She put her arms around him and rested her cheek against his back. Hallorann started the snowmobile and turned the throttle delicately so they would start up without a jerk. The woman had the weakest sort of grip on him, and if she shifted backward, her weight would tumble both her and the boy off.
They began to move. He brought the snowmobile around in a circle and then they were traveling west parallel to the hotel. Hallorann cut in more to circle around behind it to the equipment shed.
They had a momentarily clear view into the Overlook's lobby. The gasflame coming up through the shattered floor was like a giant birthday candle, fierce yellow at its heart and blue around its flickering edges. In that moment it seemed only to be lighting, not destroying. They could see the registration desk with its silver bell, the credit card decals, the old-fashioned, scrolled cash register, the small figured throw rugs, the highbacked chairs, horsehair hassocks. Danny could see the small sofa by the fireplace where the three nuns had sat on the day they had come up-closing day. But this was the real closing day.
Then the drift on the porch blotted the view out. A moment later they were skirting the west side of the hotel. It was still light enough to see without the snowmobile's headlight. Both upper stories were flaming now, and pennants of flame shot out the windows. The gleaming white paint had begun to blacken and peel. The shutters which had covered the Presidential Suite's picture windowshutters Jack had carefully fastened as per instructions in mid-October-now hung in flaming brands, exposing the wide and shattered darkness behind them, like a toothless mouth yawing in a final, silent deathrattle.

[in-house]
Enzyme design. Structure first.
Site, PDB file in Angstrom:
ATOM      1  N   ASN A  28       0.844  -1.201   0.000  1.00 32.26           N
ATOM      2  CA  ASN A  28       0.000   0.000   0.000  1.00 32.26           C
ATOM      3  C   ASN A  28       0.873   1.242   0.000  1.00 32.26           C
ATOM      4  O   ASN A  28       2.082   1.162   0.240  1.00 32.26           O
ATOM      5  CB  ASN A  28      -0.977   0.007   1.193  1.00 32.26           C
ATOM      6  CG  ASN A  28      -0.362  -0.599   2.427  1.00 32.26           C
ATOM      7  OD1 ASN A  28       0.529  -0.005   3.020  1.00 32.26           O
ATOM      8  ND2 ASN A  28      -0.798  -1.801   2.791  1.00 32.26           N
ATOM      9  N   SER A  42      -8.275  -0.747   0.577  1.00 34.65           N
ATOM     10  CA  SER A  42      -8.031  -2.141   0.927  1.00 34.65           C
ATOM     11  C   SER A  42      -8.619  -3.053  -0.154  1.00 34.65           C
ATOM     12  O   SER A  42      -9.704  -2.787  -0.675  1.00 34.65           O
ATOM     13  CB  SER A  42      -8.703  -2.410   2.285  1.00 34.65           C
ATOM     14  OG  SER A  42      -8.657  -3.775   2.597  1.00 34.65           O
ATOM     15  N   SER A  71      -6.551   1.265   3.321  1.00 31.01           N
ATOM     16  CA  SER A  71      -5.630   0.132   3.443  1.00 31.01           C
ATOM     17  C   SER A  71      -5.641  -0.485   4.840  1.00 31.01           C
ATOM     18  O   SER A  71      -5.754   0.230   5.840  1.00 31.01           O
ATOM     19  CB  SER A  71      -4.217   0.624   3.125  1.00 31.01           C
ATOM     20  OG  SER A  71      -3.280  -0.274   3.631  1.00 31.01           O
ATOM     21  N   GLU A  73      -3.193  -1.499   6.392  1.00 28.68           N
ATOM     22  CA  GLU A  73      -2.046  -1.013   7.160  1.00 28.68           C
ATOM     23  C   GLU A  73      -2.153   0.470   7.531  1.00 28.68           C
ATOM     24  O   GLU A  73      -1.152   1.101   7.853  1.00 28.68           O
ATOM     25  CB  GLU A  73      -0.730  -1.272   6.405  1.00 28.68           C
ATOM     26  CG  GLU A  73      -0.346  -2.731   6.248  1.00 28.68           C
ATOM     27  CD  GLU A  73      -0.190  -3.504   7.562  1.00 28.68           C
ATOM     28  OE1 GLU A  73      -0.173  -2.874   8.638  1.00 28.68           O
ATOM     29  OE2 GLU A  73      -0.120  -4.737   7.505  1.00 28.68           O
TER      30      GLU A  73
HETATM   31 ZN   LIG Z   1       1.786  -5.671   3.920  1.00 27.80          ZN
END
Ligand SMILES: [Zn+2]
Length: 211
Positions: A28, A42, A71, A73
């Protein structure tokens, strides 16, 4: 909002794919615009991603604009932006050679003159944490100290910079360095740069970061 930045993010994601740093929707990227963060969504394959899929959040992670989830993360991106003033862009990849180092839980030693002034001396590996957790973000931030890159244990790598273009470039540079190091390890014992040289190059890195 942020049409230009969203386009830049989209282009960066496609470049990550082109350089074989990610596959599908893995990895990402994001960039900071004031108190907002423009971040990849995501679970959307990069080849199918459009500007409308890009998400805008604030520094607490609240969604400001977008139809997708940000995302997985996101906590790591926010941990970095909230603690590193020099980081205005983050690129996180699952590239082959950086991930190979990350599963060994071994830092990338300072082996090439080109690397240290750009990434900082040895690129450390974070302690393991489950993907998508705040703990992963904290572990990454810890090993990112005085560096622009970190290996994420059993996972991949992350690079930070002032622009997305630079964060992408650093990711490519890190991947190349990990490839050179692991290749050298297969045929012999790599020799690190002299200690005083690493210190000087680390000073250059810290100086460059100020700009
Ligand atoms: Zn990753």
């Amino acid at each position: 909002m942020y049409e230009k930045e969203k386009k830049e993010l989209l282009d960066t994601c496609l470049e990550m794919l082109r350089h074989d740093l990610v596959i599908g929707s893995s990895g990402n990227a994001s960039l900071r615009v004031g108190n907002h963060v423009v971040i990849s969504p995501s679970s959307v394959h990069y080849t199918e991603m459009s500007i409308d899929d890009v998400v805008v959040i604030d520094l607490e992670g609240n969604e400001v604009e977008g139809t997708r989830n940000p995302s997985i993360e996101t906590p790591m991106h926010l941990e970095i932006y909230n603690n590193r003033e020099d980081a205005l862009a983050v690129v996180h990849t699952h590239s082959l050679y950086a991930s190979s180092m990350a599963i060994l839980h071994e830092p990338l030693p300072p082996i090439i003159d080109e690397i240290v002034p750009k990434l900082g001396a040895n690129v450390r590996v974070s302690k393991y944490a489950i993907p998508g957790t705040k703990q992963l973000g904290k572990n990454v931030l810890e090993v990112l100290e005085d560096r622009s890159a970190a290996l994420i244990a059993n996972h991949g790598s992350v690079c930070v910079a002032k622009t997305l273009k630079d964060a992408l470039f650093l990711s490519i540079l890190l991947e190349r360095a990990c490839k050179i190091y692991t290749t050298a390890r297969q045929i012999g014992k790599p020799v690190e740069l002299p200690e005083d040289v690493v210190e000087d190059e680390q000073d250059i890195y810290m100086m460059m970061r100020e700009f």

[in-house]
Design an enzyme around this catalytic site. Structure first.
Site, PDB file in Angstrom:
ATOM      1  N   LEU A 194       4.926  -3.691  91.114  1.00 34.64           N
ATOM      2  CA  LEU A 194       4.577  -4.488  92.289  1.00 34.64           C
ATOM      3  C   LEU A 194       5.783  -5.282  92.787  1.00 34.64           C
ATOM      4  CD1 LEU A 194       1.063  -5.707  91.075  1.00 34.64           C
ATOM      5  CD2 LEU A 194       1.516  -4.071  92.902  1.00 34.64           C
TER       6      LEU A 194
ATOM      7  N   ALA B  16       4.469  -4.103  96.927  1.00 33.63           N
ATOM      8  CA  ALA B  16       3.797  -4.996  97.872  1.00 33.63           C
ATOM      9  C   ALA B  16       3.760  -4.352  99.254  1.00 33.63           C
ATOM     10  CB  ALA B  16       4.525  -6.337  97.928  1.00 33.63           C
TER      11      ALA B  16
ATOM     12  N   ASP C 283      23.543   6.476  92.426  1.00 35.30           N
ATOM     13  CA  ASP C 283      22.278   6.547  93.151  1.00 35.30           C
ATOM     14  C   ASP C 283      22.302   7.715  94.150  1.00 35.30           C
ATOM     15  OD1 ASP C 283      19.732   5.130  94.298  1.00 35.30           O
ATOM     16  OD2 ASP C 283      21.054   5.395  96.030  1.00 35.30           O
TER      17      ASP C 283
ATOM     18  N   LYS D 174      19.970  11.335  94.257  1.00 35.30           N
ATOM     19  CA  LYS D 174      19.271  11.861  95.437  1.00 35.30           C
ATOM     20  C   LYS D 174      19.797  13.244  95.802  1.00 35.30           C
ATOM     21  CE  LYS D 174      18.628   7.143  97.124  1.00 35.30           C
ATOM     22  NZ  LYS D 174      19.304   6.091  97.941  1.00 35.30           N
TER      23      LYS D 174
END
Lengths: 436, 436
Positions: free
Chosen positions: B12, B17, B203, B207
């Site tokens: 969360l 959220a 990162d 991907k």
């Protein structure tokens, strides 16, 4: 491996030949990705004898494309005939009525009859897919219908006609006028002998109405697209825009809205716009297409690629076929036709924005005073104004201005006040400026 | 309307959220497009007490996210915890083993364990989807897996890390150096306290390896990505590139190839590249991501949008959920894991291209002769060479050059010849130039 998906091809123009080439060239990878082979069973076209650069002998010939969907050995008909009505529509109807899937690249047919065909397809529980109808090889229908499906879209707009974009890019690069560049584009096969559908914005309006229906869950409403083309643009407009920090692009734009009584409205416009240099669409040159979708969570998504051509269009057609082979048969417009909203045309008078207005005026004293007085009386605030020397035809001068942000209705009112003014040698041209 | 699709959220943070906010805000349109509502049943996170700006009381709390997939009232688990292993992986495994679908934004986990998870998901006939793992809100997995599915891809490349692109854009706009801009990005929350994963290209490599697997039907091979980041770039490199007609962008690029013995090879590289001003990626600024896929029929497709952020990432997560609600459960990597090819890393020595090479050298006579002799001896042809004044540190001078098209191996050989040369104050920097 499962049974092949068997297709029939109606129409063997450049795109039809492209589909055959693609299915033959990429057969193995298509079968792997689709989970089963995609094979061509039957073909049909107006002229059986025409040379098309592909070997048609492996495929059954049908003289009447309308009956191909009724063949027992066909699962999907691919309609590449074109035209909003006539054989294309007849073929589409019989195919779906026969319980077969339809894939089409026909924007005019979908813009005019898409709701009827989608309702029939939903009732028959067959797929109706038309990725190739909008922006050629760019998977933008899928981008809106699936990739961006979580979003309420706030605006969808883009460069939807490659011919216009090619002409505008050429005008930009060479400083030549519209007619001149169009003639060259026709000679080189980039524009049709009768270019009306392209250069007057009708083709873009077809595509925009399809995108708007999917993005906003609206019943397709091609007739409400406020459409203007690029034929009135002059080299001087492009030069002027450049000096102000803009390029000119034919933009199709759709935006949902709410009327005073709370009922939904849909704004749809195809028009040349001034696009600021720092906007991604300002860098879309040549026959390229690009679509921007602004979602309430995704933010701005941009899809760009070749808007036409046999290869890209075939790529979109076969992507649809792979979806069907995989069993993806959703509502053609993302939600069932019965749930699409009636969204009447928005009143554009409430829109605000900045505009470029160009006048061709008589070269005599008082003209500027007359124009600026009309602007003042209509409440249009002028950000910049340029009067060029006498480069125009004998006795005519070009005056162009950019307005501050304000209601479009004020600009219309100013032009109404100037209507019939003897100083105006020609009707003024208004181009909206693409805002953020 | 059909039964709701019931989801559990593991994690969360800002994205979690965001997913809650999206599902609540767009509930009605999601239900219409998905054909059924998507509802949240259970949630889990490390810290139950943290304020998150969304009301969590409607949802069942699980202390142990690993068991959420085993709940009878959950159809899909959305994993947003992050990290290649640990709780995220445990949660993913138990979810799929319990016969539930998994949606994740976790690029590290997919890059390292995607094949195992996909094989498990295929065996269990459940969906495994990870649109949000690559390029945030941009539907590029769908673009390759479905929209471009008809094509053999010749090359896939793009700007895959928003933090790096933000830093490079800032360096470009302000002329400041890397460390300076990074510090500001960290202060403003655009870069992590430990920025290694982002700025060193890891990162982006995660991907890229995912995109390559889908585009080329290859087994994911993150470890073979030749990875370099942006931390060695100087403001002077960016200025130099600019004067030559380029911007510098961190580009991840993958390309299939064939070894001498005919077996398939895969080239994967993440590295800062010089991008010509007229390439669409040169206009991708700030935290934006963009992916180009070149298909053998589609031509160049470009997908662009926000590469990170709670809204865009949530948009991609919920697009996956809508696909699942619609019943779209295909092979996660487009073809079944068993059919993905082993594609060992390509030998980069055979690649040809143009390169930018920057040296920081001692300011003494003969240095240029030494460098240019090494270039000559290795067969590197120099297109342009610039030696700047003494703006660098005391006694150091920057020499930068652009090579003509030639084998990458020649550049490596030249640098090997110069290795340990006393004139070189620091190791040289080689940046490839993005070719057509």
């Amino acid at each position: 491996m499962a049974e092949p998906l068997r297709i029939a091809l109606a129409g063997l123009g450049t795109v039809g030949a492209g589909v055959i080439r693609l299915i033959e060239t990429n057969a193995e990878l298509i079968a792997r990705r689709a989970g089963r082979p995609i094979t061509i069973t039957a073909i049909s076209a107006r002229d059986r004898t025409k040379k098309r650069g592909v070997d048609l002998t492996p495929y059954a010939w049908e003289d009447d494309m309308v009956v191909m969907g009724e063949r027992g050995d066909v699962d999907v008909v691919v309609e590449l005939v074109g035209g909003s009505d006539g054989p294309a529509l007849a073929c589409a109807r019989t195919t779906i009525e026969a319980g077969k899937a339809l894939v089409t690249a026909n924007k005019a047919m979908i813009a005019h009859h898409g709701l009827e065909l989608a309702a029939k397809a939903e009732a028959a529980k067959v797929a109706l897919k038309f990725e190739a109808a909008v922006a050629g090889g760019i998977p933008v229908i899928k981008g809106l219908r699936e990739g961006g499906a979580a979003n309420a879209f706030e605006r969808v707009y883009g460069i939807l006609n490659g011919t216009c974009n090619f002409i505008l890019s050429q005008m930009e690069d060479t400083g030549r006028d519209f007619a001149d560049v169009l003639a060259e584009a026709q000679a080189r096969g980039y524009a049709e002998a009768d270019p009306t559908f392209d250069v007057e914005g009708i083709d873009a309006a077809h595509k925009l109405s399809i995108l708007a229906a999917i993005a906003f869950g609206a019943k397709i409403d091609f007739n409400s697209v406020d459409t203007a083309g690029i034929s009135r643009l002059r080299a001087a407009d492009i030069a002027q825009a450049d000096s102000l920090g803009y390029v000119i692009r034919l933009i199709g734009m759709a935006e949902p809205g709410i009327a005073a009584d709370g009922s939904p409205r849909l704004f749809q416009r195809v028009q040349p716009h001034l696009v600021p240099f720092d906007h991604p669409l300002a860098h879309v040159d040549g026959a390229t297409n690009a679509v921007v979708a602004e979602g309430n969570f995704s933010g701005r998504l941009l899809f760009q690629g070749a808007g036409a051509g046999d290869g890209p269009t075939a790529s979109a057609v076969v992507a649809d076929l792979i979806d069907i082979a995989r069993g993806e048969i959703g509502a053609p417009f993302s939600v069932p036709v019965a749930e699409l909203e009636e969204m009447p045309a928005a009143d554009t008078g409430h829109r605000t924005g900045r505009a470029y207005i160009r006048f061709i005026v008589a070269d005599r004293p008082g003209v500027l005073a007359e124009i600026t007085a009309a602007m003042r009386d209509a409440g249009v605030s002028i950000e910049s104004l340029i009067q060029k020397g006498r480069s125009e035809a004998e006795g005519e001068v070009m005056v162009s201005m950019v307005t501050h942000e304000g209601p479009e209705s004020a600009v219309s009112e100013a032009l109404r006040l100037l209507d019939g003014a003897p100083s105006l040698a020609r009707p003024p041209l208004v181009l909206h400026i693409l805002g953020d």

Wendy had pressed her face against Hallorann's back to cut out the wind, and Danny had likewise pressed his face against his mother's back, and so it was only Hallorann who saw the final thing, and he never spoke of it. From the window of the Presidential Suite he thought he saw a huge dark shape issue, blotting out the snowfield behind it. For a moment it assumed the shape of a huge, obscene manta, and then the wind seemed to catch it, to tear it and shred it like old dark paper. It fragmented, was caught in a whirling eddy of smoke, and a moment later it was gone as if it had never been. But in those few seconds as it whirled blackly, dancing like negative motes of light, he remembered something from his childhood... fifty years ago, or snore. He and his brother had come upon a huge nest of ground wasps just north of their farm. It had been tucked into a hollow between the earth and an old lightning-blasted tree. His brother had had a big old niggerchaser in the band of his hat, saved all the way from the Fourth of July. He had lighted it and tossed it at the nest. It had exploded with a loud bang, and an angry, rising hum-almost a low shriek-had risen from the blasted nest. They had run away as if demons had been at their beels. In a way, Hallorann supposed that demons had been. And looking back over his shoulder, as he was now, he had on that day seen a large dark cloud of hornets rising in the hot air, swirling together, breaking apart, looking for whatever enemy had done this to their home so that they-the single group intelligence-could sting it to death.
Then the thing in the sky was gone and it might only have been smoke or a great flapping swatch of wallpaper after all, and there was only the Overlook, a flaming pyre in the roaring throat of the night.